I have started to think about getting a job- just something to help pay the bills.  What kind of a job?  I have always been successful with the ones that you actually have to do something. I need to be active and engaged.In Israel that probably needs more Hebrew than I feel confident with. Please correct me if I am wrong. Really, please….

I have been thinking about working from home, but I really love being with people. I would sell a product if I was really passionate about it. My doula work is soul satisfying but it is a lot of waiting- so I do have time to do other things. My kallah class training won’t be until Fall and I am working on my Childbirth Education certification. All good in the pipeline, but not going to be rolling in the shekels.

Today I had  a meeting with Jenny Sassoon. She offered her time through a program Shelly Brinn offered at the Iriya (City Hall) in Maaleh Adumim aimed at soon to be employed new Olim. Jenny is a trained social worker and a certified Coach. Last Rosh Hodesh Jenny did a short workshop on self-esteem. I was so impressed with her group work skills and her sensitivity; I knew I had to jump at the chance to pick her brain about my existential crisis issues. There I said it” I have issues”….

Jenny walked me through her “inside/outside” approach to getting a handle on the issues many women face when starting a business or a new career. We talked about getting paid for what you used to give away- making the leap to being a professional.  She told me that all of the thank you notes and recommendations I have carefully collected shouldn’t affect how I feel about myself. I have to take pride in what I do and offer it in the marketplace with no caveats. Funny, Chassiduit teaches that also. Hmmm…

She told me how to hold my body to feel more confident. She gave me daily homework in front of the mirror aimed at strengthening and owning my qualities that make me who I am. She told me to be proud and upright about who I am. It was on the surface a business problem I handed her- and she handed me back soul work.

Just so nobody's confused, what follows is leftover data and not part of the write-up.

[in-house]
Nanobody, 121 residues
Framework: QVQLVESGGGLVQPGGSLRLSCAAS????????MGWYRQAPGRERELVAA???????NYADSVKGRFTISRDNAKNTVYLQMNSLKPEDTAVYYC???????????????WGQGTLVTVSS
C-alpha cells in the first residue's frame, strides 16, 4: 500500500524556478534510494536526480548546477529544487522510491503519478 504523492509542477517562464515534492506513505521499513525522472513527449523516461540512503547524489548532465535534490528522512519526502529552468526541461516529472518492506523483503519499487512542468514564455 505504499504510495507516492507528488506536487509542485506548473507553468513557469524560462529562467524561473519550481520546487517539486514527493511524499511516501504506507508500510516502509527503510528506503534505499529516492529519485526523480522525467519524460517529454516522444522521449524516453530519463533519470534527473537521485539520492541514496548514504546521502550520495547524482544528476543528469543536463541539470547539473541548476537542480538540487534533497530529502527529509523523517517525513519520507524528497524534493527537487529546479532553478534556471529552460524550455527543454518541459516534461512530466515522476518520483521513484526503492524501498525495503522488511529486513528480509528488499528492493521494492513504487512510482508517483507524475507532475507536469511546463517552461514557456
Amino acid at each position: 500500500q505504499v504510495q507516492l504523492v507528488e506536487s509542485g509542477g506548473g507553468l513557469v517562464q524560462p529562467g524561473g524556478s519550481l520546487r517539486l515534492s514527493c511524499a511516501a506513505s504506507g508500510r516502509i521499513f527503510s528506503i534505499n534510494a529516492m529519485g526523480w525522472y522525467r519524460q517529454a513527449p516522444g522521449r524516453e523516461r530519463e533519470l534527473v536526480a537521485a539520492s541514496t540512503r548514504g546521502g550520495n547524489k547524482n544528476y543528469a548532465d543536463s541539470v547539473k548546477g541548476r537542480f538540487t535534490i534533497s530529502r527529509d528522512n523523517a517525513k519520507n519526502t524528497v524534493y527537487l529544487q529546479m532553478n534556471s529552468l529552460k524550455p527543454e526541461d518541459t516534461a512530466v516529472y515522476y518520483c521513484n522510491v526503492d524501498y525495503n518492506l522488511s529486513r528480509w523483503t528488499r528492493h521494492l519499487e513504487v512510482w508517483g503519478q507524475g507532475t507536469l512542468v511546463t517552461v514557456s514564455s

I think I like Jenny’s approach to business and life- know who you are. She says the answers are in me!  If is one thing that I have learned from Chassiduit studies this year is that she is right – we know what we have to do to be aligned with our values.  I got a little scared and shaky about what is coming next. I really needed Jenny to walk me through the fear and lack of self-confidence. I have a lot of emmunah about parnassah, but every so often it slips. Jenny was there to catch me.

If you need Jenny’s help she is available on Facebook and she can Skype if you live far from Jerusalem. Just don’t go it alone- it takes a guide and a coach to kick your compass into gear. Look for her at and tell her I sent you.

This is Eerily Familiar

B”H In the summer of 2011 just before we made Aliyah to Israel we got hit with everything or so we thought. I now know that it could have been worst. Looking back we can joke about the Baltimore “Earthquake” and Hurricane Irene cancelling our farewell trip to New England. We can even sigh over our flooded elevator shafts that prevented us from leaving Strathmore Towers for a week. We lived without a fridge, electricity and furniture. We got on the plane feeling like we had survived something significant.

By the time we arrived in Israel- a dirty apartment, nasty furniture and a tiny fridge made our day. We were so emotionally worn out from just trying to get out of town. We had the mindset of political refugees that Hashem had blurted out, with the help of Nefesh b’ Nefesh, on the shores of Israel.

I am very curious how many Jews will now look forward to making Aliyah now that the material world has floated away. How many will gladly board planes since rebuilding looks to be a tremendous effort? How many will look at their lives and realize that we are all here waiting to welcome them home? Or will they wait to be rescued by the American government?  A lot of good that did the diplomatic crew in Libya  Will they not read the parasha this week and draw the conclusion that Hashem runs the world?